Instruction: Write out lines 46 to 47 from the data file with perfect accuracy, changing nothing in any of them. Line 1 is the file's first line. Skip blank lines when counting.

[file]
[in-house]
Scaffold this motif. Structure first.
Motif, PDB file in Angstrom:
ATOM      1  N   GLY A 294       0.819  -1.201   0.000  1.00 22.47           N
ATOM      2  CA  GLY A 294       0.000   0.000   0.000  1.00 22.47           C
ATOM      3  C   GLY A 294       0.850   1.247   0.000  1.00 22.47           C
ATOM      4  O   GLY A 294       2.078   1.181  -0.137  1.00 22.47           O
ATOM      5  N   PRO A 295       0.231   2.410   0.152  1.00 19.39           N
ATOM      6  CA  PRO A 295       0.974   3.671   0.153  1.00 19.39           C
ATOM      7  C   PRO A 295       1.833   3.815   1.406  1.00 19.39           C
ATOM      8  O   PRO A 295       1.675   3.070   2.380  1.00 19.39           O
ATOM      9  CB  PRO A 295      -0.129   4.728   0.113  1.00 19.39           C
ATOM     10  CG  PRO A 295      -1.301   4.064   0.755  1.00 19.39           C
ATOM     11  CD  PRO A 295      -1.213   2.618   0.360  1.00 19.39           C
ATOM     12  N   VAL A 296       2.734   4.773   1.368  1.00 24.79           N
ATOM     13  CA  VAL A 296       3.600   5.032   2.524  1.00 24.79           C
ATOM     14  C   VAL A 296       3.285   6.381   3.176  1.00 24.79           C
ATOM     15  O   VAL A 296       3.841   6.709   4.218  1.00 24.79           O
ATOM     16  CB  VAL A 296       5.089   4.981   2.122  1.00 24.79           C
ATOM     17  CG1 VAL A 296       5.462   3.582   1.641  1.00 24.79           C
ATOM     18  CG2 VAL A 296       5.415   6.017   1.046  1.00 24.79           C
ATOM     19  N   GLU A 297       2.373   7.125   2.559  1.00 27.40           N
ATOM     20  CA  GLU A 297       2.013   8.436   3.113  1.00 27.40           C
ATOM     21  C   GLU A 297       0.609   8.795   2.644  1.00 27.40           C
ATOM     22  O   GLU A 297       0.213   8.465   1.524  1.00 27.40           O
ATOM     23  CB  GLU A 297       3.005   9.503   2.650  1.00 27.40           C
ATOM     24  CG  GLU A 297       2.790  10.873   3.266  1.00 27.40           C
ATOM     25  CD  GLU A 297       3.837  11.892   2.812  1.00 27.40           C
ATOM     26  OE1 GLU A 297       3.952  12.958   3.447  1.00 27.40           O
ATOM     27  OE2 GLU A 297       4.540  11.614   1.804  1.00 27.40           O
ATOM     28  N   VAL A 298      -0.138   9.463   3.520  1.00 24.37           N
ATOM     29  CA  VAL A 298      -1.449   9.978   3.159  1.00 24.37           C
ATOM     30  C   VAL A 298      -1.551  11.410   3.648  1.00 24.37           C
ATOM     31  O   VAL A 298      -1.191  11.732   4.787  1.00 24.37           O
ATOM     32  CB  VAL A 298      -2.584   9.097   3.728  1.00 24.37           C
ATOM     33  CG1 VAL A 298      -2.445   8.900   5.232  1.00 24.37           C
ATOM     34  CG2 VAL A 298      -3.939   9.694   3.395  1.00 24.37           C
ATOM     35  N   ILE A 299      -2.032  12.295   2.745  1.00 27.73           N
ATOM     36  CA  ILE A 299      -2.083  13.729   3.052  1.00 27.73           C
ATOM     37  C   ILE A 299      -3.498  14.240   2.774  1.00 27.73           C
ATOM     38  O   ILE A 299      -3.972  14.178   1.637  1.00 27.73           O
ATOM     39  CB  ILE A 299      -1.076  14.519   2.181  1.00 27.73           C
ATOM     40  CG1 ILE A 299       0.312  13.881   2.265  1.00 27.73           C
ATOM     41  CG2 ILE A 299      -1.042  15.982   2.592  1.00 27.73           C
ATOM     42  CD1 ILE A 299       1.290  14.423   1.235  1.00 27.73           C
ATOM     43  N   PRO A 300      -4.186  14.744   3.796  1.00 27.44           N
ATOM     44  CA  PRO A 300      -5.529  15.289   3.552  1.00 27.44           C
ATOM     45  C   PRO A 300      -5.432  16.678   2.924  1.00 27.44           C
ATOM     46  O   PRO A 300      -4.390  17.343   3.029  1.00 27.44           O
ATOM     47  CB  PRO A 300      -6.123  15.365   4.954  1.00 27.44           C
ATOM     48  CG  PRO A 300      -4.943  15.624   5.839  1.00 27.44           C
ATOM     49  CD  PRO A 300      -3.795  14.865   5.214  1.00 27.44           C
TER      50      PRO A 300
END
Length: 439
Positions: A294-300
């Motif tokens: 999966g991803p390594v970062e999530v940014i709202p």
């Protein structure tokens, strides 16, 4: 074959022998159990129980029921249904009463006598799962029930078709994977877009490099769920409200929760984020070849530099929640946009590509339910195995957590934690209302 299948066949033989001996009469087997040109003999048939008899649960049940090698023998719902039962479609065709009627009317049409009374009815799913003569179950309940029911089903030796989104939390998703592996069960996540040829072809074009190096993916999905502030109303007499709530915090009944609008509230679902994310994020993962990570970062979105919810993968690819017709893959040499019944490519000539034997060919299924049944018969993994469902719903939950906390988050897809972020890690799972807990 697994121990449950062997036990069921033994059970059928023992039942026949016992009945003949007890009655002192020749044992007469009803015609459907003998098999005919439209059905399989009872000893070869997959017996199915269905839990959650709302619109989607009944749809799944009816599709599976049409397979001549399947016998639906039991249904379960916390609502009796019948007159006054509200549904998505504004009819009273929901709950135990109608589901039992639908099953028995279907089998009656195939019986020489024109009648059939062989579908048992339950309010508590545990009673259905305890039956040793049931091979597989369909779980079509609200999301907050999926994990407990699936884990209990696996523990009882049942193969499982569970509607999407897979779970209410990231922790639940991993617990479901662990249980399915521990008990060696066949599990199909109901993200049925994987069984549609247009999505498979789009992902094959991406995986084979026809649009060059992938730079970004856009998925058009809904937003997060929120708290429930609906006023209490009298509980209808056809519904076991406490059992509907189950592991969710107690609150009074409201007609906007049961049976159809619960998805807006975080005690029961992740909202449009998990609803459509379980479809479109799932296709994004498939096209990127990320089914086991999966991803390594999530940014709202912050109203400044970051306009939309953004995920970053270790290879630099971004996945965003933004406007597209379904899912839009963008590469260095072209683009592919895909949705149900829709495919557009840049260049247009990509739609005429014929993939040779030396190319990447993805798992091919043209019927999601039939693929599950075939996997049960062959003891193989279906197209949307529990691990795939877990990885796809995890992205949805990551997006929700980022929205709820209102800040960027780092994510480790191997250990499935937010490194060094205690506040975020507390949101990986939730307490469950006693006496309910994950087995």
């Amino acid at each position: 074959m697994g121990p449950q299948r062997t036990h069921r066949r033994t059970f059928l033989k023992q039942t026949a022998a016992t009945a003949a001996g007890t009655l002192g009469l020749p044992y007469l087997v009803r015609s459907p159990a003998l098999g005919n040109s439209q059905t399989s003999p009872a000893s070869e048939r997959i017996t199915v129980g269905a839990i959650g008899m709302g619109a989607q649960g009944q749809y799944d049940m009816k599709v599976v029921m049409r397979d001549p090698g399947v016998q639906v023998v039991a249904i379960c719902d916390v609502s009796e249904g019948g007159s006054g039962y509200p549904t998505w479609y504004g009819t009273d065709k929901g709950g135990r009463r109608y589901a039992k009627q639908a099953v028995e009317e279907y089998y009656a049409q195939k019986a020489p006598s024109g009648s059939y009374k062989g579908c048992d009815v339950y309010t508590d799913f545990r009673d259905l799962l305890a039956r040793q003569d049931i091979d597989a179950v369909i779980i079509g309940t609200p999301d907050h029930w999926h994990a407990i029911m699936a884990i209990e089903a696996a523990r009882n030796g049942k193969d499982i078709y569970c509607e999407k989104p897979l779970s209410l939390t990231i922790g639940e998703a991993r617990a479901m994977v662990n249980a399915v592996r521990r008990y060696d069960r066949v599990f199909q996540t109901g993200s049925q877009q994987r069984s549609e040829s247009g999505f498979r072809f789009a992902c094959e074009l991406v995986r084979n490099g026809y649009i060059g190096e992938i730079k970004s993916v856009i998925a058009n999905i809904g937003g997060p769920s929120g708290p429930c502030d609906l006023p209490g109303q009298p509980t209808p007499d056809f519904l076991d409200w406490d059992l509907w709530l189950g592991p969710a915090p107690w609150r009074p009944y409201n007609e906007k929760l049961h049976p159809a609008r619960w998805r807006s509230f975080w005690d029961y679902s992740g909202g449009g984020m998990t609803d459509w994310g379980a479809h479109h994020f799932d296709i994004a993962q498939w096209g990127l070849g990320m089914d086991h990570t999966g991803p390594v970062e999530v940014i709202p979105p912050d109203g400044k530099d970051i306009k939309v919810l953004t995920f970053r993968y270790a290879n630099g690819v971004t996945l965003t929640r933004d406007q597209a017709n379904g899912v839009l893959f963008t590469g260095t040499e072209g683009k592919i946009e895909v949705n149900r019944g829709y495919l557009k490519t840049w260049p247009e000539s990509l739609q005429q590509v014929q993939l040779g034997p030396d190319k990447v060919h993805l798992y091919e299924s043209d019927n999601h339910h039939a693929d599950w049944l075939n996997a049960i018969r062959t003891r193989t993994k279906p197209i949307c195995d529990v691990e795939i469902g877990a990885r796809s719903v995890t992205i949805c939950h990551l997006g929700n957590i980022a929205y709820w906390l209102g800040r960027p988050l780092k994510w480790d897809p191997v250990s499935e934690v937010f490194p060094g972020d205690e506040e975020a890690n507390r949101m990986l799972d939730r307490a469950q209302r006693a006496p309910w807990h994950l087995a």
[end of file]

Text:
ATOM     43  N   PRO A 300      -4.186  14.744   3.796  1.00 27.44           N
ATOM     44  CA  PRO A 300      -5.529  15.289   3.552  1.00 27.44           C